The present invention also provides recording system logic for writing data to magnetic tape. The recording system logic comprises an interface through which data and instructions are exchanged with a host, a write head for recording data onto the magnetic tape, a write channel for processing data to be recorded by the write head, a read head for reading data from the magnetic tape, a read channel for processing data read by the read head and at least one drive motor for transporting the magnetic tape longitudinally past the read and write heads. The recording system logic also comprises a controller coupled to control the interface, the write head, the write channel, the read head, the read channel and the at least one drive motor. The controller comprises logic for establishing sub data sets from data received from a host, logic for computing C1 and C2 ECC for the sub data sets, logic for forming CQ sets, logic for generating a beginning DSS to be recorded to the magnetic tape, logic for recording a plurality of contiguous instances of the CQ Set to the magnetic tape and logic for recording a closing DSS on the magnetic tape.
Components described in this specification may be implemented as a hardware circuit comprising custom VLSI circuits or gate arrays, off-the-shelf semiconductors such as logic chips, transistors, or other discrete components. A component may also be implemented in programmable hardware devices such as field programmable gate arrays, programmable array logic, programmable logic devices or the like. Components may also be implemented in software for execution by various types of processors. An identified component of executable code may, for instance, comprise one or more physical or logical blocks of computer instructions which may, for instance, be organized as an object, procedure, or function. Nevertheless, the executables of an identified component need not be physically located together, but may comprise disparate instructions stored in different locations which, when joined logically together, comprise the component and achieve the stated purpose for the component.
Furthermore, the described features, structures, or characteristics of the invention may be combined in any suitable manner in one or more embodiments. In the following description, numerous specific details are provided, such as examples of programming, software components, user selections, network transactions, hardware components, hardware circuits, hardware chips, etc., to provide a thorough understanding of embodiments of the invention. One skilled in the relevant art will recognize, however, that the invention can be practiced without one or more of the specific details, or with other methods, components, materials, and so forth. In other instances, well-known components structures, materials, or operations are not shown or described in detail to avoid obscuring aspects of the invention.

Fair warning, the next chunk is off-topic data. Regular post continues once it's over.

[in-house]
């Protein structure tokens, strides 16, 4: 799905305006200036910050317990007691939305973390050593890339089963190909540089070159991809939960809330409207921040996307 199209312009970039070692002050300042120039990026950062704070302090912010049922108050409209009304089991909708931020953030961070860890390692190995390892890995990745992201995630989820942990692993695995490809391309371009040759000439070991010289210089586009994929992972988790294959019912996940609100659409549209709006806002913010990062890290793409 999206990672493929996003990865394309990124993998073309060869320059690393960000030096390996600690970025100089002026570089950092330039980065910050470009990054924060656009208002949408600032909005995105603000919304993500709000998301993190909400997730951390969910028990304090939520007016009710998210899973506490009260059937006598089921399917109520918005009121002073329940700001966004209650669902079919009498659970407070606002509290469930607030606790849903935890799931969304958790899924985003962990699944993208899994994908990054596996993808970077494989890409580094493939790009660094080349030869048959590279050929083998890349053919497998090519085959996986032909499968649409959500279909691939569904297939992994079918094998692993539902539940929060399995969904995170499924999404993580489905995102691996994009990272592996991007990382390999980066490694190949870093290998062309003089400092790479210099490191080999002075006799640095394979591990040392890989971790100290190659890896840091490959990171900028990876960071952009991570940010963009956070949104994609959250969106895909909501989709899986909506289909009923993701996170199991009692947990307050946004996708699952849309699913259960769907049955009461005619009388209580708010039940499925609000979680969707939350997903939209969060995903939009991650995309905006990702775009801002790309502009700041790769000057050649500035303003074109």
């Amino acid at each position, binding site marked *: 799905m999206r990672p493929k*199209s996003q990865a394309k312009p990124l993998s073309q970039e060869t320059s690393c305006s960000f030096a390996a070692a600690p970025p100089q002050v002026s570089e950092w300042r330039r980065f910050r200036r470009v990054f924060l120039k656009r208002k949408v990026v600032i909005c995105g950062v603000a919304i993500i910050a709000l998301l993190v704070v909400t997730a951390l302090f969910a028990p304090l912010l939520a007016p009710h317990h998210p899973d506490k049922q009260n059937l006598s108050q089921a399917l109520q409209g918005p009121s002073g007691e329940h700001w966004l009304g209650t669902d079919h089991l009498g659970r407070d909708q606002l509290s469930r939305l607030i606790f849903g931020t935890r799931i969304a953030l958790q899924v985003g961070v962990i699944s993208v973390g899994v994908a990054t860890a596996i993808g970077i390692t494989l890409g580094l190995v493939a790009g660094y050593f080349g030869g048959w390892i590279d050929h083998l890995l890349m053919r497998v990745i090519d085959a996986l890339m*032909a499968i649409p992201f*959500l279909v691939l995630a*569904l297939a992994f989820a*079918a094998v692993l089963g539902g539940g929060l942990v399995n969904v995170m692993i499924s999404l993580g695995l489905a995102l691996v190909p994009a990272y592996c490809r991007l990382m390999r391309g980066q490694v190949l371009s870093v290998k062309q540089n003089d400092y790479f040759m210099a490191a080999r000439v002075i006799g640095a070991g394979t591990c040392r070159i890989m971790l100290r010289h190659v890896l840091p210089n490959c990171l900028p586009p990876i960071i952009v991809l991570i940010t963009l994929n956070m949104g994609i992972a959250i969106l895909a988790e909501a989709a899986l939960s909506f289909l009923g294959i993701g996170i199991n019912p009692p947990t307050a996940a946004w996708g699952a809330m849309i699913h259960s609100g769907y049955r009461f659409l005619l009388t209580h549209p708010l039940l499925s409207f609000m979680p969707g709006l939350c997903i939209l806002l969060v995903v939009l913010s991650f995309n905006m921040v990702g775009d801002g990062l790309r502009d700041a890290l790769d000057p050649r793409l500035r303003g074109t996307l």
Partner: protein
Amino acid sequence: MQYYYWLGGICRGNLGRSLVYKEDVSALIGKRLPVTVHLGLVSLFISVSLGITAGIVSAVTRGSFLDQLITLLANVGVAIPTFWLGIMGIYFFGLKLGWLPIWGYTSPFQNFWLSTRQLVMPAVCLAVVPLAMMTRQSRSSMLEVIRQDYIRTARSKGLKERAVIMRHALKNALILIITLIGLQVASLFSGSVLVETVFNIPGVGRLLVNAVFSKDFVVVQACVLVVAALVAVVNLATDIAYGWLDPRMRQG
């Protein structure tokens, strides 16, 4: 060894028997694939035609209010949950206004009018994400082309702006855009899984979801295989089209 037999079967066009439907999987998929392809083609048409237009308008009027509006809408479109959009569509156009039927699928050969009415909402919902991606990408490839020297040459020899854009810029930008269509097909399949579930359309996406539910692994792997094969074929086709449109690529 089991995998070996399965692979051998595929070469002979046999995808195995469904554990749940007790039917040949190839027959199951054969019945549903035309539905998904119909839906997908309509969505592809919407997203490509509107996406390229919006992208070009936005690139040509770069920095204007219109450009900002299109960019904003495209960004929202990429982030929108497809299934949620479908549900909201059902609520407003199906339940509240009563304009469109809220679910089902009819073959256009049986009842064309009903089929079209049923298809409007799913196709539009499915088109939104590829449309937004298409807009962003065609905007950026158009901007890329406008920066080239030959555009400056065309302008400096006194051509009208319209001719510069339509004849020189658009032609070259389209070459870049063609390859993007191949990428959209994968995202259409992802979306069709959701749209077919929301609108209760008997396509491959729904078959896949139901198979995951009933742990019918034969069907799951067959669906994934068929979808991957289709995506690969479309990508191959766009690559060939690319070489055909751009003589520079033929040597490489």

The schematic flow chart diagrams described herein are generally set forth as logical flow chart diagrams. As such, the depicted order and labeled steps are indicative of one embodiment of the presented process. Other steps and processes may be conceived that are equivalent in function, logic, or effect to one or more steps, or portions thereof, of the illustrated process. Additionally, the format and symbols employed are provided to explain the logical steps of the process and are understood not to limit the scope of the process. Indeed, the arrows or other connectors are generally used to indicate only the logical flow of the process. Additionally, the order in which a particular process occurs may or may not strictly adhere to the order of the corresponding steps shown in a flowchart.
Data to be recorded on the tape 20 is transmitted from the host 10 to the interface 302 of the drive 300. The controller 320 directs that the data be sent to the write channel 306 to be formatted and encoded. The write channel then sends the processed data to the write head 310 to be recorded on one or more tracks of the tape 20. The controller 320 also controls drive motor(s) 312 with respect to the speed and direction of the tape 20 past the read and write heads 308, 310. Typically, the just-written data is read by the read head 310 to verify that it was accurately recorded. Data read from the tape 20 by the read head 310 is decoded and checked for errors by the read channel 304 before being transmitted to the host 10 through the interface 302, still under the control of the controller 320. It will be appreciated that the foregoing is only a brief summary of the operation of the tape drive 300. For clarity, many detailed steps have been omitted from the description and many components have not been shown in
One writing method attempts to improve performance by writing short customer records in units smaller than the Data Set. Records are accumulated into Sub Data Sets, not waiting until all Sub Data Sets in a Data Set are filled. Accumulation is performed by putting all 64 Codeword Pairs of the same Sub Data Set into a contiguous number of CQ Sets. In a 16-track format, one Sub Data Set requires two CQ Sets. In this manner, a much smaller object (the Sub Data Set) can be written, which under some circumstances may result in significant performance improvement. However, the method compromises the capability of the error correction code (ECC) because it places all Codeword Pairs of a Sub Data Set physically near one another, thereby making multiple Codeword Pairs in a single Sub Data Set more susceptible to a single error event, such as mis-tracking or large media defect. Because the Codeword Pairs are placed close together and because there may be only one verified set of Codeword Pairs which has been successfully recorded, there is exposure that when the data is read, there may be an insufficient number of valid Codeword Pairs to successfully reconstruct the recorded data.